LGG patients display higher short- and long-distance synchronization within the theta band. Network analysis revealed changes (in particularly the theta, beta, and upper gamma band) suggesting disturbed network architecture. Moreover, correlations between network characteristics and neurocognitive performance were found, Widespread changes in the strength and spatial organization of brain networks may be responsible for cognitive dysfunction in glioma patients.
Aging is associated with reorganization of brain in both structure and function. In recent years, graph theoretical analysis of brain organization has drawn increasing attention, and reorganization of brain in aging has been investigated in terms of connectivity and networks in topology such as modular organization, global and local efficiency, and small-worldness. Beyond studying on abnormity in local brain regions, connectivity quantifies alternations of correlation between two regions that may be spatially far separated, and graph theoretical analysis of brain network examines the complex interactions among multiple regions. This article reviewed complex brain networks of human in normal aging or with age-related diseases such as stroke and Alzheimer’s disease after a technical introduction of brain networks and graph theoretical analysis. We further discussed the relationship between the functional and the structural brain networks of subjects in aging or with age-related diseases. Finally, we proposed several interesting topics for future research in this field.
Aging; Brain network; Connectivity; Functional; Neuroimaging; Small-world; Structural
The complex organization of connectivity in the human brain is incompletely understood. Recently, topological measures based on graph theory have provided a new approach to quantify large-scale cortical networks. These methods have been applied to anatomical connectivity data on non-human species and cortical networks have been shown to have small-world topology, associated with high local and global efficiency of information transfer. Anatomical networks derived from cortical thickness measurements have shown the same organizational properties of the healthy human brain, consistent with similar results reported in functional networks derived from resting state functional MRI and MEG data. Here we show, using anatomical networks derived from analysis of inter-regional covariation of gray matter volume in magnetic resonance imaging (MRI) data on 259 healthy volunteers, that classical divisions of cortex (multimodal, unimodal and transmodal) have some distinct topological attributes. While all cortical divisions shared non-random properties of small-worldness and efficient wiring (short mean Euclidean distance between connected regions), the multimodal network had a hierarchical organization, dominated by frontal hubs with low clustering, whereas the transmodal network was assortative. Moreover, in a sample of 203 people with schizophrenia, multimodal network organization was abnormal, as indicated by reduced hierarchy, the loss of frontal and the emergence of non-frontal hubs, and increased connection distance. We propose that the topological differences between divisions of normal cortex may represent the outcome of different growth processes for multimodal and transmodal networks; and that neurodevelopmental abnormalities in schizophrenia specifically impact multimodal cortical organization.
anatomy; network; hierarchy; systems; MRI; schizophrenia; neurodevelopment
The brain is one of the most studied and highly complex systems in the biological world. While much research has concentrated on studying the brain directly, our focus is the structure of the brain itself: at its core an interconnected network of nodes (neurons). A better understanding of the structural connectivity of the brain should elucidate some of its functional properties. In this paper we analyze the connectome of the nematode Caenorhabditis elegans. Consisting of only 302 neurons, it is one of the better-understood neural networks. Using a Laplacian Matrix of the 279-neuron “giant component” of the network, we use an eigenvalue counting function to look for fractal-like self similarity. This matrix representation is also used to plot visualizations of the neural network in eigenfunction coordinates. Small-world properties of the system are examined, including average path length and clustering coefficient. We test for localization of eigenfunctions, using graph energy and spacial variance on these functions. To better understand results, all calculations are also performed on random networks, branching trees, and known fractals, as well as fractals which have been “rewired” to have small-world properties. We propose algorithms for generating Laplacian matrices of each of these graphs.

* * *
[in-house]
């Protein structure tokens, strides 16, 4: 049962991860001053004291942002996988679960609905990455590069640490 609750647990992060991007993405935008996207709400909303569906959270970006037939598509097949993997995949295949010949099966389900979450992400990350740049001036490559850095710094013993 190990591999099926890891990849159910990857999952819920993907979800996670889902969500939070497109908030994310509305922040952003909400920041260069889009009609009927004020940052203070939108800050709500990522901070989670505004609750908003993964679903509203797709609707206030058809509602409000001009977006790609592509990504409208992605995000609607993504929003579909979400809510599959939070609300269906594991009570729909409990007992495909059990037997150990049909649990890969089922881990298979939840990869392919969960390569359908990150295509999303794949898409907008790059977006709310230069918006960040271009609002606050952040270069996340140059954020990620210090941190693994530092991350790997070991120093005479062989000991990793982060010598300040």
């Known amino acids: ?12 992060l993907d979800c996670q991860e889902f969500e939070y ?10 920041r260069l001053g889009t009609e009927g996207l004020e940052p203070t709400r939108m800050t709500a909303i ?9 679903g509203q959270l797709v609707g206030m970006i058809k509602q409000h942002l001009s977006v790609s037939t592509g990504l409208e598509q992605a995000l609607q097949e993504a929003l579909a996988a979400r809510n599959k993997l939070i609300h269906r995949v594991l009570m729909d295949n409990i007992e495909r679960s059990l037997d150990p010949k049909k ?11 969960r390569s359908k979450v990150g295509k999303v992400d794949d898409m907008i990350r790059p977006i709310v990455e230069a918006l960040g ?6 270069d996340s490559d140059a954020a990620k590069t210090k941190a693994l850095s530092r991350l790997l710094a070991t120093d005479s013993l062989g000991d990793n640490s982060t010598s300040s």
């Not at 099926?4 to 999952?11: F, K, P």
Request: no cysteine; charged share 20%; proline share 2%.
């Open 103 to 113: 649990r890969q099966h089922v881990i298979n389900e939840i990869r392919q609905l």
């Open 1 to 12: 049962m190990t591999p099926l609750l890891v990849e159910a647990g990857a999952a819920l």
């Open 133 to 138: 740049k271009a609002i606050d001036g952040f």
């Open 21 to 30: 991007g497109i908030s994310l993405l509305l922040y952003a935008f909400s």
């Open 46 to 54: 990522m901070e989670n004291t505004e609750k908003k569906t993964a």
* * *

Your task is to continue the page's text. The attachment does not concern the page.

Structural brain measures are employed as endophenotypes in the search for schizophrenia susceptibility genes. We analyzed two independent structural imaging datasets with voxel-based morphometry and with source-based morphometry, a multivariate, independent components analysis, to determine the stability and heritability of regional gray matter concentration abnormalities in schizophrenia. The samples comprised 209 and 102 patients with schizophrenia and 208 and 96 healthy volunteers, respectively. The second sample additionally included non-ill siblings of participants with and without schizophrenia. A standard voxel-based analysis showed reproducible regional gray matter deficits in the affected participants compared with unrelated, unaffected controls in both datasets: patients showed significant gray matter concentration deficits in cortical frontal, temporal, and insular lobes. Source-based morphometry (SBM) was applied to the gray matter images of the entire sample to determine the effects of diagnosis on networks of covarying structures. The SBM analysis extracted 24 significant sets of covarying regions (components). Four of these components showed significantly lower gray matter concentrations in patients (p < .05). We determined the familiality of the observed SBM components based on 66 sibling pairs (25 discordant for schizophrenia). Two components, one including the medial frontal, insular, inferior frontal, and temporal lobes, and the other including the posterior occipital lobe, showed significant familiality (p < .05). We conclude that structural brain deficits in schizophrenia are replicable, and that SBM can extract unique familial and likely heritable components. SBM provides a useful data reduction technique that can provide measures that may serve as endophenotypes for schizophrenia.